Assessing natural gas supply and demand
When turning up the thermostat to stave off the winter chill, boiling water for a cup of tea or even just turning on a lamp as the sun begins to set in the evening, do you think about the natural gas being burned to make those seamless parts of your everyday life function?
Natural gas is an essential part of the United States’ energy portfolio, supplying nearly a quarter of the nation’s energy, according to the American Gas Association, and is the cleanest fossil fuel on the market today. But assessing the resource’s recoverable supply and ensuring we have the knowledge to make well-informed decisions about current natural gas usage and how it fits into the nation’s future energy strategy is essential.
That’s where the Potential Gas Committee comes in. The committee publishes a biennial assessment of the United States’ estimated natural gas resource base. The most recent report was led by Stephen Sonnenberg ’81 with support from Cathy Farmer ’79, MS ’81.
We talked to Sonnenberg and Farmer and Eric Roberts, director of the Potential Gas Agency, to learn more about this work and its impact.
Understanding the Potential Gas Committee and Potential Gas Agency
The Potential Gas Committee is made up of approximately 80 knowledgeable and highly experienced volunteer members who work in the natural gas exploration, production, transportation and distribution industries and the technical services and consulting sectors.
The Potential Gas Committee assesses the natural gas resource potential for 90 geologic provinces comprising six geographic areas of the Lower 48 States and Alaska, 56 of which are onshore and 34 offshore. The assessment captures the status of a dynamic system of drilling and appraisal. Potential natural gas resources transition into proven reserves and eventually into flowing natural gas production.
Although the PGC functions independently, the Potential Gas Agency at Mines, housed on the Mines campus since 1964, provides the PGC with guidance, technical assistance, training, administrative support and assistance with member recruitment and outreach.
“Colorado School of Mines has a long history of doing assessments in energy-related businesses and extractive industries, so it was a natural fit for the Potential Gas Agency to be in Golden on the Mines campus since its inception,” Sonnenberg said.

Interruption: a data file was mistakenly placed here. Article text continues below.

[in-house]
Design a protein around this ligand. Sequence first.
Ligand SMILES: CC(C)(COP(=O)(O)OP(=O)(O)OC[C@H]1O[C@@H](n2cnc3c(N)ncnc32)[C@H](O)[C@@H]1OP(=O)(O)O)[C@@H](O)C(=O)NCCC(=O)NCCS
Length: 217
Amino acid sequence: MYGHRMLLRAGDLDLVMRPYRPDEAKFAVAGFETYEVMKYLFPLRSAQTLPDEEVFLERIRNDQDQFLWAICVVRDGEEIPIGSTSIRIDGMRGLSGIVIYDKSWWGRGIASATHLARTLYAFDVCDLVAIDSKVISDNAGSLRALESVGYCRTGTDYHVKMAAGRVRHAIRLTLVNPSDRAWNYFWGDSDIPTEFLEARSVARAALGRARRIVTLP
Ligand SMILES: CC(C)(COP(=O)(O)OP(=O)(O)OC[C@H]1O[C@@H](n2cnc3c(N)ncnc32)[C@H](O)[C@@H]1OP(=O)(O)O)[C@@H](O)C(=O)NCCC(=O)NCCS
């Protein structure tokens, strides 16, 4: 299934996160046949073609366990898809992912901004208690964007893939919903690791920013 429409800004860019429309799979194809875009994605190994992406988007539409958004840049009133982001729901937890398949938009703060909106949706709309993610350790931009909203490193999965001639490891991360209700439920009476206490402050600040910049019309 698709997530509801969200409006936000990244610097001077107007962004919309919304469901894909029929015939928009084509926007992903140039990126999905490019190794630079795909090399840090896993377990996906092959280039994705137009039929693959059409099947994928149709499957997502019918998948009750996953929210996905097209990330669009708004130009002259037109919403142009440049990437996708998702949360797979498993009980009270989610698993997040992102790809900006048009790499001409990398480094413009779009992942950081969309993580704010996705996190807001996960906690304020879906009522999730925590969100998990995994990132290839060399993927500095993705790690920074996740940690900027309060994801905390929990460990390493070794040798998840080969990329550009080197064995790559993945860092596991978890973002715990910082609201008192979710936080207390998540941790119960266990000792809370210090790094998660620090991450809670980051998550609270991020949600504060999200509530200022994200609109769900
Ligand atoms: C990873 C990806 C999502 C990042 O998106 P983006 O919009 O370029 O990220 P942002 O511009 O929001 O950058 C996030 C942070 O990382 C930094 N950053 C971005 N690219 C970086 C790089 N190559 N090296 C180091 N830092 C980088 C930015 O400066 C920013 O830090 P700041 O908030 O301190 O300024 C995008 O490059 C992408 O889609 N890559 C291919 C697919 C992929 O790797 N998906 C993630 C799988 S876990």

Natural gas—and the PGC’s work—plays an important role in the energy transition.
“Natural gas is the cornerstone of our nation’s energy future. It’s readily available, it’s clean burning and our whole energy grid is set up for natural gas power plants,” Farmer said.
While much of the U.S. is implementing renewable technologies, such as wind and solar, they aren’t always able to provide the reliable and consistent energy required today. “There are gaps,” Farmer explained. “When it’s dark, and the wind isn’t blowing, you have to have something really reliable for the base load. Natural gas is very reliable for that baseload power generation, and we rely on it. We need to use every resource we have.”
And this reliability even goes beyond the U.S. “Natural gas in the energy transition is definitely the most reliable and available transition fuel for countries that don’t typically have natural gas and rely on coal as their primary source of electricity generation,” Roberts said.
Mines alumni played an important role in the PGA’s 2022 assessment, which will help drive informed decision-making.
The PGA’s biennial assessment is a critical document used by Congresspeople and other policymakers to determine how resources are going to be used in the near future. But the PGA faced an unexpected hurdle in 2022 when the PGA’s former director unexpectedly died, leaving the report unfinished.
Sonnenberg stepped in to serve as the interim director, and Farmer volunteered as a senior advisor to provide the statistical analysis and editorial work. Together, with a team of industry volunteers, they were able to finalize the assessment and meet the publication deadline.
Members of Congress and other stakeholders have requested copies of the report, which will aid in future policy decisions and inform how the country moves forward in the energy transition.
“With reports like this, we can understand the transition time period. What do we currently have, and how can natural gas help with all of this?” Sonnenberg said.
“It’s important for policymakers to know that abundant supply is there. The people who are making decisions need to know we have enough that we can use quickly and not rely on imports as much,” Farmer explained.
The PGC is a valuable asset for evaluating the future.
The PGC’s work is not only critical for understanding the U.S’s natural gas supply and its role in the energy transition but also for assessing exactly how those resources are going to be used in the future. “There’s a lot of uncertainty moving forward and a lot of uneven distribution in terms of energy,” Roberts said. “The PGA’s role in being an assessor of energy is really important and will remain important. Being able to put numbers to the future gas supply is really valuable to being able to bring online new technologies, knowing when to sell some of the resource and when to hold onto it is really important.”
The agency can also play an important role in evaluating new gas-based energy sources. “We have newly important gases, like hydrogen and helium, that we haven’t traditionally understood very well,” Roberts said. “This seems like a really positive way that the agency can remain active and valuable.”